by Rita Piro
CSJ, RSM, OP, SC, OSB, SND, OSF, DW, CSFN and more…Whatever the post-nominal letters that follow their names, they all signify the same thing: a Catholic sister ministering to the people of God.
Last week in the United States, we celebrated National Catholic Sister Week. At one time, women religious were ubiquitous in our diocese. Their presence in our schools, parishes and neighborhoods was welcomed and respected. Even non-Catholics sought to count the sisters among their friends, business associates and neighbors. For many, the life of a sister may seem anachronistic and irrelevant. If so, it may very well be because they do not know many of them.
Educated from grade school through graduate school by three of the largest congregations of women religious in the U.S., I have spent almost all of my adult life in co-ministry with the Sisters of St. Joseph of Brentwood. Daily I work side by side with sisters who are old enough to have taught me as a young child, yet who continue their ministry as educators with the same fervor and dedication as when they were first starting out as novice teachers.
Each day I interact with sisters from varied congregations who are spearheading initiatives and leading pro-active programs in criminal justice, anti-trafficking, race relations, gender equality, child care, sustainable living, immigration and numerous other endeavors that seek to bring all in union with God.
As they have been since their inception centuries ago in other lands, these varied communities of sisters are especially concerned for the poor, the disenfranchised and those living on the margins of society.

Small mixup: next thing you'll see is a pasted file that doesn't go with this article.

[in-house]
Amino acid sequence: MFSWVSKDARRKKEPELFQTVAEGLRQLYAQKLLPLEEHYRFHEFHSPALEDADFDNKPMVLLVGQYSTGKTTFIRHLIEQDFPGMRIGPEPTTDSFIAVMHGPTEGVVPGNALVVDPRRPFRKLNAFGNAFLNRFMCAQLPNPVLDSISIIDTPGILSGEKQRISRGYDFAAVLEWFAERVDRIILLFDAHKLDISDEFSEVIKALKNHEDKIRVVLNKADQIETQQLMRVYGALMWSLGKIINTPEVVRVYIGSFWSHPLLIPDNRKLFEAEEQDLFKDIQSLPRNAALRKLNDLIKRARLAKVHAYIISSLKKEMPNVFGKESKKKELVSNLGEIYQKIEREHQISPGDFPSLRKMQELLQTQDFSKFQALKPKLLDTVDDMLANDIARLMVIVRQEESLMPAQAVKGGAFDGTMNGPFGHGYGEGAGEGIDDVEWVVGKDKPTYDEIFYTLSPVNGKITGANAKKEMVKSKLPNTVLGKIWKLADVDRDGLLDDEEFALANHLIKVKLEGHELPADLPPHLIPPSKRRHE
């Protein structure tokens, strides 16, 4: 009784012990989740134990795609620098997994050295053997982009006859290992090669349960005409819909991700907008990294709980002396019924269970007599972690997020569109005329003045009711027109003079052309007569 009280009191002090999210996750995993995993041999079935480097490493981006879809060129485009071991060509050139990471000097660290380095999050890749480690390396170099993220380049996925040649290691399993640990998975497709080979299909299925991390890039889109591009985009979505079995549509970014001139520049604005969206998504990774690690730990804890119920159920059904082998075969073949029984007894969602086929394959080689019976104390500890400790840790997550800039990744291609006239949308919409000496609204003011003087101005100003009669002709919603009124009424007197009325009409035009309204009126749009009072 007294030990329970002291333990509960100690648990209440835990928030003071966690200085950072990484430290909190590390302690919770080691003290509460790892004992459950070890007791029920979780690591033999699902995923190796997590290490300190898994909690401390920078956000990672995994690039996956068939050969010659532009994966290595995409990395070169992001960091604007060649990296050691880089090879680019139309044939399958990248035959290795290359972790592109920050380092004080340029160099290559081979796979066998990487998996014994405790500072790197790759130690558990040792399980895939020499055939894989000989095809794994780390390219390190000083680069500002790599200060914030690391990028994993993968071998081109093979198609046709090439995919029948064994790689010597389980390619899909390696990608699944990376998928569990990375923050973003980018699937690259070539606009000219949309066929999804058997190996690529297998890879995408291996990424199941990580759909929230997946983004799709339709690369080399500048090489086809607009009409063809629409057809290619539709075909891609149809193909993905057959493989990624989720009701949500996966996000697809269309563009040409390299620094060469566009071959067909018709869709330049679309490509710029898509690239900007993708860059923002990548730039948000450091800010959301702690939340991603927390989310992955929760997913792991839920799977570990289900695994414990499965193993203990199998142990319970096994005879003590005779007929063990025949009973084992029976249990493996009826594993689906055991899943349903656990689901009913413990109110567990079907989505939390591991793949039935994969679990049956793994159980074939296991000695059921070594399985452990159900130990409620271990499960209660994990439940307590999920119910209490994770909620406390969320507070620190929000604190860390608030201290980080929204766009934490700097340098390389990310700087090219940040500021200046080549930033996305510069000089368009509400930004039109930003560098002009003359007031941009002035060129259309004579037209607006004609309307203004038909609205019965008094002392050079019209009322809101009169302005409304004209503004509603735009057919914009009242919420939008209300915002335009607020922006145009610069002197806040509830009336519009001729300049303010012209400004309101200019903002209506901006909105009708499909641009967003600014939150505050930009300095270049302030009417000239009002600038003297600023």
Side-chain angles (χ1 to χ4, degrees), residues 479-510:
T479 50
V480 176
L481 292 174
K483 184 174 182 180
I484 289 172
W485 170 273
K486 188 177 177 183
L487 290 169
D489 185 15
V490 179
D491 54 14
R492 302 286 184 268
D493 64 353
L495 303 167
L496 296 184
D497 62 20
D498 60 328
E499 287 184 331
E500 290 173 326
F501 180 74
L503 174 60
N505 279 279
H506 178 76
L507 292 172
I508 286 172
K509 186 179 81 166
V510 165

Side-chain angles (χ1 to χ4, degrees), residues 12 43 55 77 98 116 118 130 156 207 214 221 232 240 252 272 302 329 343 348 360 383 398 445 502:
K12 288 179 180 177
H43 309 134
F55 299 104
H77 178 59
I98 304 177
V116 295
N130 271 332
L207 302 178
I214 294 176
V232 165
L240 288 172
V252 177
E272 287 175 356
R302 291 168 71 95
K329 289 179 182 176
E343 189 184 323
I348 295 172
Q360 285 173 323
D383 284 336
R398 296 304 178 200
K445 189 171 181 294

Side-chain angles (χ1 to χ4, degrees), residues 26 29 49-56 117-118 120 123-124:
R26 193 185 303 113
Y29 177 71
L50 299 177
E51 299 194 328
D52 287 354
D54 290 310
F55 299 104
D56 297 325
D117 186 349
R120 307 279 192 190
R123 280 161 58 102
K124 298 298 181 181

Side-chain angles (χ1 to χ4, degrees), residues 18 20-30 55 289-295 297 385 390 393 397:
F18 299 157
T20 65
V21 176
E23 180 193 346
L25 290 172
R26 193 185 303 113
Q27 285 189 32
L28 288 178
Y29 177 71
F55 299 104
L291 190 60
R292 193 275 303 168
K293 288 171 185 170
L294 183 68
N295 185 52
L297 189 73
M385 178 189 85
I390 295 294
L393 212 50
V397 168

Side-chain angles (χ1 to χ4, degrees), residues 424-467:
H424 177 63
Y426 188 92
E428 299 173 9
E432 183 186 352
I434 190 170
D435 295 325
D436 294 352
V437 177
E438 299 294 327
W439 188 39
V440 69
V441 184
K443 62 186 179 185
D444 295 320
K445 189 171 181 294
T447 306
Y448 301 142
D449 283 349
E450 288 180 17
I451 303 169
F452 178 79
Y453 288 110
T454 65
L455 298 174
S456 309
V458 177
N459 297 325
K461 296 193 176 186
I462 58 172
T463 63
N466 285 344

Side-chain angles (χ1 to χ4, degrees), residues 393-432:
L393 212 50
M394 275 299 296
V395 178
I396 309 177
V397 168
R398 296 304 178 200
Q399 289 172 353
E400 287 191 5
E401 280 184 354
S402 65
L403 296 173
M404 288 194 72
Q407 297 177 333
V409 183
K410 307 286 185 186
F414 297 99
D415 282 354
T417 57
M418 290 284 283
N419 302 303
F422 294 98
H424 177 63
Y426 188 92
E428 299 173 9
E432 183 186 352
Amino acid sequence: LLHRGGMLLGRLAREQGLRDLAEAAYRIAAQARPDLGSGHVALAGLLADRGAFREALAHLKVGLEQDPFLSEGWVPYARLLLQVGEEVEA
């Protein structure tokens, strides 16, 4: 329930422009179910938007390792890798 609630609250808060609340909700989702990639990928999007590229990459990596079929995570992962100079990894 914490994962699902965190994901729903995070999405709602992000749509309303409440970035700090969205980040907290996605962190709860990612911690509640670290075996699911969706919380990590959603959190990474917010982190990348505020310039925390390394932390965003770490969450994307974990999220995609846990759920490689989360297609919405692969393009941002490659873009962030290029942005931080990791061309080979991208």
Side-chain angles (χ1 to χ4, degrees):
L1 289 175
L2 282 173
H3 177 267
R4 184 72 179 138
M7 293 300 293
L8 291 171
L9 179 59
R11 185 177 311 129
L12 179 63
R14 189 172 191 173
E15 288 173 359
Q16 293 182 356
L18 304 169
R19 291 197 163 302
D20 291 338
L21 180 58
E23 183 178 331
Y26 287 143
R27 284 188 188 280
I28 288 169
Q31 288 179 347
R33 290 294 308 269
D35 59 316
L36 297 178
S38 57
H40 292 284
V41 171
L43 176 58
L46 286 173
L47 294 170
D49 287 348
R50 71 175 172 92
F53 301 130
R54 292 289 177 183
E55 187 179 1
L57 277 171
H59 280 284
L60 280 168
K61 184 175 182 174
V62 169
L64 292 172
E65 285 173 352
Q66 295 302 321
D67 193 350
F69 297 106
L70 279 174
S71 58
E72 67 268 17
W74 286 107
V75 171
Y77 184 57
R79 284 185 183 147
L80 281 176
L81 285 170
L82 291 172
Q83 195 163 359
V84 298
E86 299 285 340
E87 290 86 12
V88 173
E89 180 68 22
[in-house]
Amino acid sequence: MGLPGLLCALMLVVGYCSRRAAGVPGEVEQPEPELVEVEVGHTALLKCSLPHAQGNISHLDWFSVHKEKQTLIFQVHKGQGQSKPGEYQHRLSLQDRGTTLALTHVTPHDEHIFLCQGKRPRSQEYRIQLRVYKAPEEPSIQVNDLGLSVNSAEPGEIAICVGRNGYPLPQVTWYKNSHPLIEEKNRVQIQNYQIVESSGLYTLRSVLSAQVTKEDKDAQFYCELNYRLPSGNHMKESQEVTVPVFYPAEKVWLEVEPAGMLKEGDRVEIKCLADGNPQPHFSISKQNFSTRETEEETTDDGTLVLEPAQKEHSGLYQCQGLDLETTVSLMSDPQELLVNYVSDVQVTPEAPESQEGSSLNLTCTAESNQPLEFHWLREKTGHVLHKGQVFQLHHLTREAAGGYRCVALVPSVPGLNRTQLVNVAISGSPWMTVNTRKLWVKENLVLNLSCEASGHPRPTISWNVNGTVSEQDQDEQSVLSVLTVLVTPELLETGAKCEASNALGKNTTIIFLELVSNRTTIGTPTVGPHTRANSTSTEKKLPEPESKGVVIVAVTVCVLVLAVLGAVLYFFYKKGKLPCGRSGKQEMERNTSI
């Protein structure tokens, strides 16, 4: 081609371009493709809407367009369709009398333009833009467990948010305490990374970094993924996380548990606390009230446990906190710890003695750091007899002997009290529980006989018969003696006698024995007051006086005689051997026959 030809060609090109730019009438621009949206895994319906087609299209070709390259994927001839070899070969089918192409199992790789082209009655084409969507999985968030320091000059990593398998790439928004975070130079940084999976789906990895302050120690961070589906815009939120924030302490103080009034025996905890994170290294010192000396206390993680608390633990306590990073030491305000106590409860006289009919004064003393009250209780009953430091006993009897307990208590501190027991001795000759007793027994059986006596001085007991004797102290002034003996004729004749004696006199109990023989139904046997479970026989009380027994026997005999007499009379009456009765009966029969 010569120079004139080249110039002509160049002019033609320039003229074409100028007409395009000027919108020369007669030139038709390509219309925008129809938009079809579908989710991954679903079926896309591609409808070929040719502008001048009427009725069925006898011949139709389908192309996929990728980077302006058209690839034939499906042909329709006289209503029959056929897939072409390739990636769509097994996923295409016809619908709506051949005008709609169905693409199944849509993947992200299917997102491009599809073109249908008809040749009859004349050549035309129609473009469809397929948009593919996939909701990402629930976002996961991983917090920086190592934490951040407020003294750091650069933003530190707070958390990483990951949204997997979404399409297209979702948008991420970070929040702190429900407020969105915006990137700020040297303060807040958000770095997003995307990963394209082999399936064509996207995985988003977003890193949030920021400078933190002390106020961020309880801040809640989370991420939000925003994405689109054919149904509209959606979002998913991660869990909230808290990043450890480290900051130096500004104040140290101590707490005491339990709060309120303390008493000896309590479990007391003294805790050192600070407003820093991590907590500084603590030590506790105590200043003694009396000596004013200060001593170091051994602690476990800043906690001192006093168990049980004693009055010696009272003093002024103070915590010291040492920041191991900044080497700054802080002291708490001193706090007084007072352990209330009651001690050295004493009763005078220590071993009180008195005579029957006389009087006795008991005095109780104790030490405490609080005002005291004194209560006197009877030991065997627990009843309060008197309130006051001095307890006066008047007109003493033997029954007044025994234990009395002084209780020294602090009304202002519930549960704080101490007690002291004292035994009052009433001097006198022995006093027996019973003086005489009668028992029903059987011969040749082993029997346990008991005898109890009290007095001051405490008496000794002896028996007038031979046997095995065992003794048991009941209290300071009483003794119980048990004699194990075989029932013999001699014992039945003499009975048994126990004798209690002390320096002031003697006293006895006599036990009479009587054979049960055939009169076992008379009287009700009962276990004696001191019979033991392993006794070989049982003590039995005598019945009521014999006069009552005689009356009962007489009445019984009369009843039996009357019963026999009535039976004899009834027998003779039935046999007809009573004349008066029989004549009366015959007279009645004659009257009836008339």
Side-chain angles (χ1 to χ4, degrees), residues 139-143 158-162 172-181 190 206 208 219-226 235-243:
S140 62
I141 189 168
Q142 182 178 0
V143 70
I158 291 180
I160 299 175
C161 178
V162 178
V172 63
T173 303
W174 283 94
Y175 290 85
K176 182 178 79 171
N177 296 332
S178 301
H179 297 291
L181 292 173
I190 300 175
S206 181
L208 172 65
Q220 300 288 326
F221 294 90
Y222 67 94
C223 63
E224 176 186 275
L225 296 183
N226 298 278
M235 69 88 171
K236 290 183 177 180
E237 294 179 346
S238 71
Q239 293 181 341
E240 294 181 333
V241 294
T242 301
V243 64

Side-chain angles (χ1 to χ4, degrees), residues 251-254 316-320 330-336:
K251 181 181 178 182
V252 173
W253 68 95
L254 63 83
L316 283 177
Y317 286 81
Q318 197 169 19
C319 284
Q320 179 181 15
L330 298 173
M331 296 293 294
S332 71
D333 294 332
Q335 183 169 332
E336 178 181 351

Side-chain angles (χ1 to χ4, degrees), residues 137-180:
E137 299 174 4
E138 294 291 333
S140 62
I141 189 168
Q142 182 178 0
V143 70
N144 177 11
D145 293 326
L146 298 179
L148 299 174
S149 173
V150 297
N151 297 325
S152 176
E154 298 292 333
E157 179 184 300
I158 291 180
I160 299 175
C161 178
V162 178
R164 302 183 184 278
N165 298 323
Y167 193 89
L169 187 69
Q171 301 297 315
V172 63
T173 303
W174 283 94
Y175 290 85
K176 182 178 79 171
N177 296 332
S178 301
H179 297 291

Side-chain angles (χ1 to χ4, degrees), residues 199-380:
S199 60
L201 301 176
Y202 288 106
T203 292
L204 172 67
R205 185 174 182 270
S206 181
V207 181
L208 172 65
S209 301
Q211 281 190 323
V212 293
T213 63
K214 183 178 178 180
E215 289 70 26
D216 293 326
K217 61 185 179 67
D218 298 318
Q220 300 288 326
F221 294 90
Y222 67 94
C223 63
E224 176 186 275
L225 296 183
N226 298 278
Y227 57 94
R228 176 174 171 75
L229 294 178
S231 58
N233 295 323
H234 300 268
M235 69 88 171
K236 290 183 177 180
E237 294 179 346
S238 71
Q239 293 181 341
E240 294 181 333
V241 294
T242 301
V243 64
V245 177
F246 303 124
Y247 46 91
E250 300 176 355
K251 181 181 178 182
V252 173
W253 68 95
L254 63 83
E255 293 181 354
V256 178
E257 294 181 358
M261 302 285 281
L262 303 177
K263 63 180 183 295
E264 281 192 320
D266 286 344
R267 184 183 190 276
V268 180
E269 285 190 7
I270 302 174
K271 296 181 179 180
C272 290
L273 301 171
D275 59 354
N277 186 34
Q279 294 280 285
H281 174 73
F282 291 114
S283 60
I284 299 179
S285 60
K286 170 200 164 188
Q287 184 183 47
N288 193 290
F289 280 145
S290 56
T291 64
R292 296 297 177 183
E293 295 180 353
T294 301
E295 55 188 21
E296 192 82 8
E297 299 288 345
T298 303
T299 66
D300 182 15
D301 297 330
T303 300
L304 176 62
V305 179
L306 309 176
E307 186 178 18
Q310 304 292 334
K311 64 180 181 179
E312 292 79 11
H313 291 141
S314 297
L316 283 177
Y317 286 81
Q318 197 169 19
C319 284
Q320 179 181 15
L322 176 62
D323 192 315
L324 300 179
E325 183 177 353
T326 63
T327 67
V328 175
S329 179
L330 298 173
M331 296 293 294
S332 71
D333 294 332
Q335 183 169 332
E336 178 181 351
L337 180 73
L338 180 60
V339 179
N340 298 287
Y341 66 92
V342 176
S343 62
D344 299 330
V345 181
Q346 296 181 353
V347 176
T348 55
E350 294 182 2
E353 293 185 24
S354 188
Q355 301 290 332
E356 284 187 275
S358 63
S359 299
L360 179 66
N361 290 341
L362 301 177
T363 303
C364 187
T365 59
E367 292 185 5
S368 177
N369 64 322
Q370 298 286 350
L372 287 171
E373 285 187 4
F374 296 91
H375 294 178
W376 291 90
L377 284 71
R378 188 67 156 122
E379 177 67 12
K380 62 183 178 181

Communities of religious sisters were among the first to embrace technology as a means of connecting with God’s people. Sisters took to Twitter and Facebook as easily and successfully as they did to blackboards and chalk. Nearly all religious communities maintain interactive websites that permit anyone to journey with them through prayer, petition, readings, reflections, videos, photos, streaming liturgies and prayer services, and more.
Many so-called “retired” sisters are just as active in and dedicated to their ministries as auxiliary helpers as they were in their years as full-time workers. Those sisters who are no longer able to physically meet the needs of others through active ministry are blessed with the presence of their sisters in community who joyfully care for them with love and compassion as they remind us of the dignity of all life.
For the sisters, it is and always has been about relationships – with God, with each other and with the greater world. In honoring them, we should not be content to simply remember them fondly, waxing nostalgic about habits and rosaries, choirs and Christmas pageants. Rather, we must affirm their presence in our world with our support – spiritually, physically and materially – as they put forth the mercy, compassion and outreach so necessary today.